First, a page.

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                     Antony van Leeuwenhoek (1632-1723)


     . . . my work, which I've done for a long time, was not pursued in
      order to gain the praise I now enjoy, but chiefly from a craving
       after knowledge, which I notice resides in me more than in most
          other men. And therewithal, whenever I found out anything
      remarkable, I have thought it my duty to put down my discovery on
       paper, so that all ingenious people might be informed thereof.

                 Antony van Leeuwenhoek. Letter of June 12, 1716

Antony van Leeuwenhoek was an unlikely scientist. A tradesman of Delft,
Holland, he came from a family of tradesmen, had no fortune, received no
higher education or university degrees, and knew no languages other than his
native Dutch. This would have been enough to exclude him from the scientific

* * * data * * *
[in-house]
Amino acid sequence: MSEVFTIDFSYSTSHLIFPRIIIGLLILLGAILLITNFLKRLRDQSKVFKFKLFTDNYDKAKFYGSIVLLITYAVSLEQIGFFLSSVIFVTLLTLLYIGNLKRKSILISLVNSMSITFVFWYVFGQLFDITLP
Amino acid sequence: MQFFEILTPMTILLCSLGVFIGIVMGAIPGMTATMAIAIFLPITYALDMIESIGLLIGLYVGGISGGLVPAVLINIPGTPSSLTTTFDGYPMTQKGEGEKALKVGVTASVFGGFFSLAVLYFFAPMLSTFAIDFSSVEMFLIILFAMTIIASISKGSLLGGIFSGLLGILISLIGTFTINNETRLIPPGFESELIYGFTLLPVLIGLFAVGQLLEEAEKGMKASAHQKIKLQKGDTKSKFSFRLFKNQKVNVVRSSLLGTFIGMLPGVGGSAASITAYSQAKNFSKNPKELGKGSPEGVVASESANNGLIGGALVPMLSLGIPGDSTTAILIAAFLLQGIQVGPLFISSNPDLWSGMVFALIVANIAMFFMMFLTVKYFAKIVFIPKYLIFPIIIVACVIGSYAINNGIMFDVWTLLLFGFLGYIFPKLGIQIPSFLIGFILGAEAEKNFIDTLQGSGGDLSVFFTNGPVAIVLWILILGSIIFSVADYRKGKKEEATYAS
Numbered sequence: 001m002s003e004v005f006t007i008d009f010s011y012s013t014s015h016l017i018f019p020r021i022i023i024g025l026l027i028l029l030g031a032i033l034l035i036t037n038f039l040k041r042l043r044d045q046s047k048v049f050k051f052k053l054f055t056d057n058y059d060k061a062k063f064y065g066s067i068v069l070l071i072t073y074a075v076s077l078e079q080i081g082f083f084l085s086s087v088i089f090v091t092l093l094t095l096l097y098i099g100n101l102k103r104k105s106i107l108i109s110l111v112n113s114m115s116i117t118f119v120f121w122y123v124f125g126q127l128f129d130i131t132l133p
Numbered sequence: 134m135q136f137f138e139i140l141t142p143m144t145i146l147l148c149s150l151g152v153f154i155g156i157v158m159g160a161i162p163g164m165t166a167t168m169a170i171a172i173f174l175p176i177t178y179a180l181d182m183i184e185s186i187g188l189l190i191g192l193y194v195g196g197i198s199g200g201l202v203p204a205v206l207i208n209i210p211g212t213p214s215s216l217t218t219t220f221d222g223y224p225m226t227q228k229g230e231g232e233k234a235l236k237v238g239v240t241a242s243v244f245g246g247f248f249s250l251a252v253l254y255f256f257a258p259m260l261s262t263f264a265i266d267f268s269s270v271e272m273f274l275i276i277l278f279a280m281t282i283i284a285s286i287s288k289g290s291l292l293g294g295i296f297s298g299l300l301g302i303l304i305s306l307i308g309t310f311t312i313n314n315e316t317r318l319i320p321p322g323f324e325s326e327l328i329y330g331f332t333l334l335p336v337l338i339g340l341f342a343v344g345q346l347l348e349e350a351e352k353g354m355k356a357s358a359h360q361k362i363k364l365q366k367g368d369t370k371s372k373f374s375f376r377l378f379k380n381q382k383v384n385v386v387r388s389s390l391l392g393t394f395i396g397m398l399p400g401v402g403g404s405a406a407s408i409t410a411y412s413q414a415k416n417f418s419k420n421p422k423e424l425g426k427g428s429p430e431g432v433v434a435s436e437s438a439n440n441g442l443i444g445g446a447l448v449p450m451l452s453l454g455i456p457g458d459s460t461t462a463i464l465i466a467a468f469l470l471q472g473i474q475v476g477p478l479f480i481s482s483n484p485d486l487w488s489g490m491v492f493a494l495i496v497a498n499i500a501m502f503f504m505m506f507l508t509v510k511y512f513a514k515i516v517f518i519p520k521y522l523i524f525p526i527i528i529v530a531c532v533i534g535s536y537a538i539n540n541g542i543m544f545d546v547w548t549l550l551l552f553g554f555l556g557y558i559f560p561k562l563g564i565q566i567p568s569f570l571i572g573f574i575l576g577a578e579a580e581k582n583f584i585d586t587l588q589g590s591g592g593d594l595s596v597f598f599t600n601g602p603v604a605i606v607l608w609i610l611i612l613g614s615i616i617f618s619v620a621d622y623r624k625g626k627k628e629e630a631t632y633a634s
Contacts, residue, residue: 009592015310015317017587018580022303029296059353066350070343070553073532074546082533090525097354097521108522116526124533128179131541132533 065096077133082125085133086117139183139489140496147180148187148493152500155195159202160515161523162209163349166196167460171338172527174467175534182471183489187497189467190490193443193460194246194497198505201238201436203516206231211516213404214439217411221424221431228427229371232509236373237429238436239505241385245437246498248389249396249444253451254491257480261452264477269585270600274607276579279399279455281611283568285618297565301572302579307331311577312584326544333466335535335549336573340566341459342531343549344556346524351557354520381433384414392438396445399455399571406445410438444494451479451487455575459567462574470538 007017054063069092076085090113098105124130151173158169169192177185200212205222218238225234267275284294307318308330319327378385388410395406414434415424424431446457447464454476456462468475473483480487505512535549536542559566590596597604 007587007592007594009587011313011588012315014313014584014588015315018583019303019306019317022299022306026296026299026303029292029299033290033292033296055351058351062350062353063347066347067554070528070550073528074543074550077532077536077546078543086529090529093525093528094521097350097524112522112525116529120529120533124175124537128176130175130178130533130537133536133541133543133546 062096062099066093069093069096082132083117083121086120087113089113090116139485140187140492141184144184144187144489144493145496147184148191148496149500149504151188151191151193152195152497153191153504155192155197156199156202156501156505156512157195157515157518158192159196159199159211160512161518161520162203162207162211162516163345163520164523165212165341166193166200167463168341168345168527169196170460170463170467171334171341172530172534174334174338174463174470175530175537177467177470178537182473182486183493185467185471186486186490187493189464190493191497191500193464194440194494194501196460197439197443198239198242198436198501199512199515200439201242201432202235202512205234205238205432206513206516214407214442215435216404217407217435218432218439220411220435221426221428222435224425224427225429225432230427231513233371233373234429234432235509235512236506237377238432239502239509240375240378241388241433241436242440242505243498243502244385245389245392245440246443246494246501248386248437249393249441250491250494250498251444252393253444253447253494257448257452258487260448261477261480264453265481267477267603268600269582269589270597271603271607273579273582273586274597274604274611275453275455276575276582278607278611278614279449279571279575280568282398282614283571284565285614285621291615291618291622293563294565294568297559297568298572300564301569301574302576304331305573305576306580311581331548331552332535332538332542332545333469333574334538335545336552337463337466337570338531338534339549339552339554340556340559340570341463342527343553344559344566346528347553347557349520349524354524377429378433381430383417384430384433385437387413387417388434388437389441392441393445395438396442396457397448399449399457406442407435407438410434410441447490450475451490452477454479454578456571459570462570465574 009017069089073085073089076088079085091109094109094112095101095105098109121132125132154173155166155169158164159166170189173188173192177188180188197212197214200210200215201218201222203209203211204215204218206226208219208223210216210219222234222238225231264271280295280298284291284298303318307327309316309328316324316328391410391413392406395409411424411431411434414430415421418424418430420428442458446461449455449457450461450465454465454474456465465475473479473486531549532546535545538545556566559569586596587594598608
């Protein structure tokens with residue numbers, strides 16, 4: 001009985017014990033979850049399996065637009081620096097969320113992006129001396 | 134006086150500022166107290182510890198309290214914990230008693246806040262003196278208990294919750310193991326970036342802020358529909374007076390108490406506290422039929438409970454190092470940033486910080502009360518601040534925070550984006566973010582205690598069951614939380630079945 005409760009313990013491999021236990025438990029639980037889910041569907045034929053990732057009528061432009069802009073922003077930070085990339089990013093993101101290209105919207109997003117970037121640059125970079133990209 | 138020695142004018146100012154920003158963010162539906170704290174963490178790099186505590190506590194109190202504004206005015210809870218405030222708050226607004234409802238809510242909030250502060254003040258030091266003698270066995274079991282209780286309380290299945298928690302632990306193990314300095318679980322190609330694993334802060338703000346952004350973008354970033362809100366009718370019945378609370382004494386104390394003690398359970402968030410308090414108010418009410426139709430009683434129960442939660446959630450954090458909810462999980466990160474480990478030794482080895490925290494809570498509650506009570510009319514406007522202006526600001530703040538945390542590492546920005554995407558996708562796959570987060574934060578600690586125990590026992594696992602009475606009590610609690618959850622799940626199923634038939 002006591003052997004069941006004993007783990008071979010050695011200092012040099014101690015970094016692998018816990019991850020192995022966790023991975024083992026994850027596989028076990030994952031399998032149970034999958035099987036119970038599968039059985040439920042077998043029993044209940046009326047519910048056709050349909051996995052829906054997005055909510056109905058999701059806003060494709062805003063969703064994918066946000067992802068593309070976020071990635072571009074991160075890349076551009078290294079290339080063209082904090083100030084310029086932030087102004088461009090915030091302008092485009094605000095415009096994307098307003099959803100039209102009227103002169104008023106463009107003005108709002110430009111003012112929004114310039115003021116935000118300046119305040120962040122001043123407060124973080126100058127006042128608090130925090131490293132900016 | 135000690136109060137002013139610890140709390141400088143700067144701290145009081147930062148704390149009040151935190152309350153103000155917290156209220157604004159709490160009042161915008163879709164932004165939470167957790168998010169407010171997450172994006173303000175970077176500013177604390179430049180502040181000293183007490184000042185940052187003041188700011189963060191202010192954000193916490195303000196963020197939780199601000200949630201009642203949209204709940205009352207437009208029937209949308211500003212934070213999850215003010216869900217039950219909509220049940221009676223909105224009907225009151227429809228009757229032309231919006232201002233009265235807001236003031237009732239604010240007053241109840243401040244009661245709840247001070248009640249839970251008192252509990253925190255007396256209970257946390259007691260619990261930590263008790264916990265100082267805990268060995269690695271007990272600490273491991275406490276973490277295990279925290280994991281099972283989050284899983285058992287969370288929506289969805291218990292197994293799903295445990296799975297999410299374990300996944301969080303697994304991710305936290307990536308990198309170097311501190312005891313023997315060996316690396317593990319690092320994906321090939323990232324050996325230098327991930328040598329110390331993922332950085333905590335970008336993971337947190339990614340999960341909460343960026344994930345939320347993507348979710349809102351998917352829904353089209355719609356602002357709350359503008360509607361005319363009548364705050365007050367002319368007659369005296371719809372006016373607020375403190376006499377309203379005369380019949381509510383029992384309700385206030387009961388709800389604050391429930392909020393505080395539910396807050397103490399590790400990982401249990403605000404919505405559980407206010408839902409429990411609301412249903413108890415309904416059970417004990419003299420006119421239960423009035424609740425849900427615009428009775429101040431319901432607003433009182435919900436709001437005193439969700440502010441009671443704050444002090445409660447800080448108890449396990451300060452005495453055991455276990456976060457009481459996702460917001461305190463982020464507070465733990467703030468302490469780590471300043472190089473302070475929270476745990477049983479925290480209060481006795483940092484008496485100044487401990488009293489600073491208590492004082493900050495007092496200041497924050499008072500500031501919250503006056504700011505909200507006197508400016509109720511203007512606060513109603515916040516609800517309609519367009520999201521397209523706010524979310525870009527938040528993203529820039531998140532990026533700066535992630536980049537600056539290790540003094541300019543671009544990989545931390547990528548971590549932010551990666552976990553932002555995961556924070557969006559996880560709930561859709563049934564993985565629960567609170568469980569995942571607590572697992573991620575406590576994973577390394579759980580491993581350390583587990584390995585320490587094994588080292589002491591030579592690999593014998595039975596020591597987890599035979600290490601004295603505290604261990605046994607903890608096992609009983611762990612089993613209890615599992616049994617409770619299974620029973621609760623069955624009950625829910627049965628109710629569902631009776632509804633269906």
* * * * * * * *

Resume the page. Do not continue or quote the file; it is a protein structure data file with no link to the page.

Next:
community of his time completely. Yet with skill, diligence, an endless
curiosity, and an open mind free of the scientific dogma of his day,
Leeuwenhoek succeeded in making some of the most important discoveries in
the history of biology. It was he who discovered bacteria, free-living and
parasitic microscopic protists, sperm cells, blood cells, microscopic
nematodes and rotifers, and much more. His researches, which were widely
circulated, opened up an entire world of microscopic life to the awareness
of scientists.

Leeuwenhoek was born in Delft on October 24, 1632. (His last name,